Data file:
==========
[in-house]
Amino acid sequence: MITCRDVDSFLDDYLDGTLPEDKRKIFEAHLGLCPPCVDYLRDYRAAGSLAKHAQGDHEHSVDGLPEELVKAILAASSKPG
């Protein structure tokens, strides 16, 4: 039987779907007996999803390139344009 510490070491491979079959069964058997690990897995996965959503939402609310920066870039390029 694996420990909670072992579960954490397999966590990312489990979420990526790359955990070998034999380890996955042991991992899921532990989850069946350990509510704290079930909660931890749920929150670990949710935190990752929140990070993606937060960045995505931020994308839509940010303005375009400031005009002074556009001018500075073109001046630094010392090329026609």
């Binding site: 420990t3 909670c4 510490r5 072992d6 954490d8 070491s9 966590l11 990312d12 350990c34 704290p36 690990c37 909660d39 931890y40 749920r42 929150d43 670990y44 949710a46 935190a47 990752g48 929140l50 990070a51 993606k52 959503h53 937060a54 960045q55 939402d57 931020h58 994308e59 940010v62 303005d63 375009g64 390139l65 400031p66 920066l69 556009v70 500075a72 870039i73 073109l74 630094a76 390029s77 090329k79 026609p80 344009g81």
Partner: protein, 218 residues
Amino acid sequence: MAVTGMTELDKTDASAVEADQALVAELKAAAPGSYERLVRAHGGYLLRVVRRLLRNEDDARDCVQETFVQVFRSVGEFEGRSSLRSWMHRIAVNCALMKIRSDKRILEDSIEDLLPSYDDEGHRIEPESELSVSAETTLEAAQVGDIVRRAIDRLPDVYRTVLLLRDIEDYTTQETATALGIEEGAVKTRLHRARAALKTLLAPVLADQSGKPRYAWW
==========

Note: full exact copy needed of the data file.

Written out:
[in-house]
Amino acid sequence: MITCRDVDSFLDDYLDGTLPEDKRKIFEAHLGLCPPCVDYLRDYRAAGSLAKHAQGDHEHSVDGLPEELVKAILAASSKPG
């Protein structure tokens, strides 16, 4: 039987779907007996999803390139344009 510490070491491979079959069964058997690990897995996965959503939402609310920066870039390029 694996420990909670072992579960954490397999966590990312489990979420990526790359955990070998034999380890996955042991991992899921532990989850069946350990509510704290079930909660931890749920929150670990949710935190990752929140990070993606937060960045995505931020994308839509940010303005375009400031005009002074556009001018500075073109001046630094010392090329026609």
């Binding site: 420990t3 909670c4 510490r5 072992d6 954490d8 070491s9 966590l11 990312d12 350990c34 704290p36 690990c37 909660d39 931890y40 749920r42 929150d43 670990y44 949710a46 935190a47 990752g48 929140l50 990070a51 993606k52 959503h53 937060a54 960045q55 939402d57 931020h58 994308e59 940010v62 303005d63 375009g64 390139l65 400031p66 920066l69 556009v70 500075a72 870039i73 073109l74 630094a76 390029s77 090329k79 026609p80 344009g81």
Partner: protein, 218 residues
Amino acid sequence: MAVTGMTELDKTDASAVEADQALVAELKAAAPGSYERLVRAHGGYLLRVVRRLLRNEDDARDCVQETFVQVFRSVGEFEGRSSLRSWMHRIAVNCALMKIRSDKRILEDSIEDLLPSYDDEGHRIEPESELSVSAETTLEAAQVGDIVRRAIDRLPDVYRTVLLLRDIEDYTTQETATALGIEEGAVKTRLHRARAALKTLLAPVLADQSGKPRYAWW